His love of hockey was so intense that dad and his best friend Gerald Tailfeathers and Gerald’s father Fred Tailfeathers took a hockey vacation to catch all the games of the original six NHL teams in the 60’s. Games they attended were the Detroit Red Wings, Chicago Black Hawks and his all-time favorite team, Toronto Maple Leafs. Unfortunately, before they could go to the remaining three teams, Fred took ill and they returned home. Dad spent numerous hours training and teaching his sons and grandchildren to play the game. Harold and Jean never missed a Saturday Night Hockey game on TV cheering on his favorite team, the Toronto Maple Leafs.
In his early twenties, he moved to Calgary to begin work with Great Western Saddlery company. He developed a craft in leather tooling, another one of Harold’s many trades. While in Calgary, he sought out teams to play hockey with. Through his fast and agile ability on skates, he was picked up by the Calgary A team, an unusual but memorable time for a young First Nation man to play on an all-white team in the 40’s.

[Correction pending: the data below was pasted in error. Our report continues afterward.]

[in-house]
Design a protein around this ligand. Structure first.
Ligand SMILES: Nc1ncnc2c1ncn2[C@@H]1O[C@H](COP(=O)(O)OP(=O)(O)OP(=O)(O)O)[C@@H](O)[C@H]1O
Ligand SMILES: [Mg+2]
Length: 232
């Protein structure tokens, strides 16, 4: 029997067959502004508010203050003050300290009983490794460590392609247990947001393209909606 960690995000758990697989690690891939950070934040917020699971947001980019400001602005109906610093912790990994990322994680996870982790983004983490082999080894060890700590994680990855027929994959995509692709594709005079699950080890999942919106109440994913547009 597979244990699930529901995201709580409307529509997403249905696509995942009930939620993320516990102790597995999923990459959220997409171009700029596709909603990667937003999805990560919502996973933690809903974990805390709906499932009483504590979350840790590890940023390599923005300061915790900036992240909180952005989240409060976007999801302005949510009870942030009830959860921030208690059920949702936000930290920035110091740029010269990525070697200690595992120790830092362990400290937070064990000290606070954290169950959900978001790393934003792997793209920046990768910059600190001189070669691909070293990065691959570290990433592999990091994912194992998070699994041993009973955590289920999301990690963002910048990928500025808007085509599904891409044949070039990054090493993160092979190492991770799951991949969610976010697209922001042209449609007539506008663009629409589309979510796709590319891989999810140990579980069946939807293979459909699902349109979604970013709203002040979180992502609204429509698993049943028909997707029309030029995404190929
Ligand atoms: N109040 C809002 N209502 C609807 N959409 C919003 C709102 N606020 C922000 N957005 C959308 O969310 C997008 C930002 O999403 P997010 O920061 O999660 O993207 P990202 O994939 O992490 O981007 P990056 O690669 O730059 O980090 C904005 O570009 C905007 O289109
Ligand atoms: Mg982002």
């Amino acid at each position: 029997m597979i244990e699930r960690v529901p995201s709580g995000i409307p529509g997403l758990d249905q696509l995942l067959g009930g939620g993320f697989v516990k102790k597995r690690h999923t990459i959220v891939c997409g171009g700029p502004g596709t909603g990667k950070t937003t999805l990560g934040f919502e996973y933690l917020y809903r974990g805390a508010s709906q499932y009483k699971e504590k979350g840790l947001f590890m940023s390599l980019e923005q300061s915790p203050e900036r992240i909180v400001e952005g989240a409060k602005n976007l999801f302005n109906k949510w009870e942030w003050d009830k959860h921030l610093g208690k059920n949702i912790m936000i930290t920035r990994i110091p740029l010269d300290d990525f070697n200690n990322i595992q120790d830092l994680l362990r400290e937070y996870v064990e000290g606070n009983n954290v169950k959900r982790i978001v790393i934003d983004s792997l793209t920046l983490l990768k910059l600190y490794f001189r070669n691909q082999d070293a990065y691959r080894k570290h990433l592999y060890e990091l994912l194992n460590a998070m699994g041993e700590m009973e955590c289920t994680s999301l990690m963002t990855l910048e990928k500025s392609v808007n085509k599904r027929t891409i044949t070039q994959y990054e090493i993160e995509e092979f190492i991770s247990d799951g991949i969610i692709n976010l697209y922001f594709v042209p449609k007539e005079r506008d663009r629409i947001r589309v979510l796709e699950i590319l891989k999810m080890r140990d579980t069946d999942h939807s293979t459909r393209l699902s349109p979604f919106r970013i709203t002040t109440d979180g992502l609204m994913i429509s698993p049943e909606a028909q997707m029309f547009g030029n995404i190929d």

After a few years in Calgary, Harold returned to the Blood Reserve and married his beloved Jean in June of 1949. They were married for 64 years and had 6 children, Warnick, Stewart (Karen McDougall), Esther, Carol (Jim Mason), Robert (Lucille Provost), Cordell (Tammy Prairie Chicken), adopted daughter Joyce (Ron) Doore; 19 grandchildren and 17 great grandchildren, and numerous traditionally adopted children from many nations.
As time progressed, Harold & Jean raised their family to the best of their ability and always worked towards a better tomorrow. Harold embarked on his love of pow wow’s. He and Jean began their recreational activities in joining the pow wow circuit. He was known far and wide for his dancing abilities and won numerous champion titles in the Men’s Buckskin category.
In 1977, Harold & Jean were asked to join the Calgary Stampede Indian Village. On numerous occasions, Harold and Jean represented the Stampede, Alberta and Canadian tourism to be ambassadors for Treaty 7 and Canada. They travelled to many countries to represent Kainaiwa, which they did, proud of their heritage to share their Blackfoot traditions.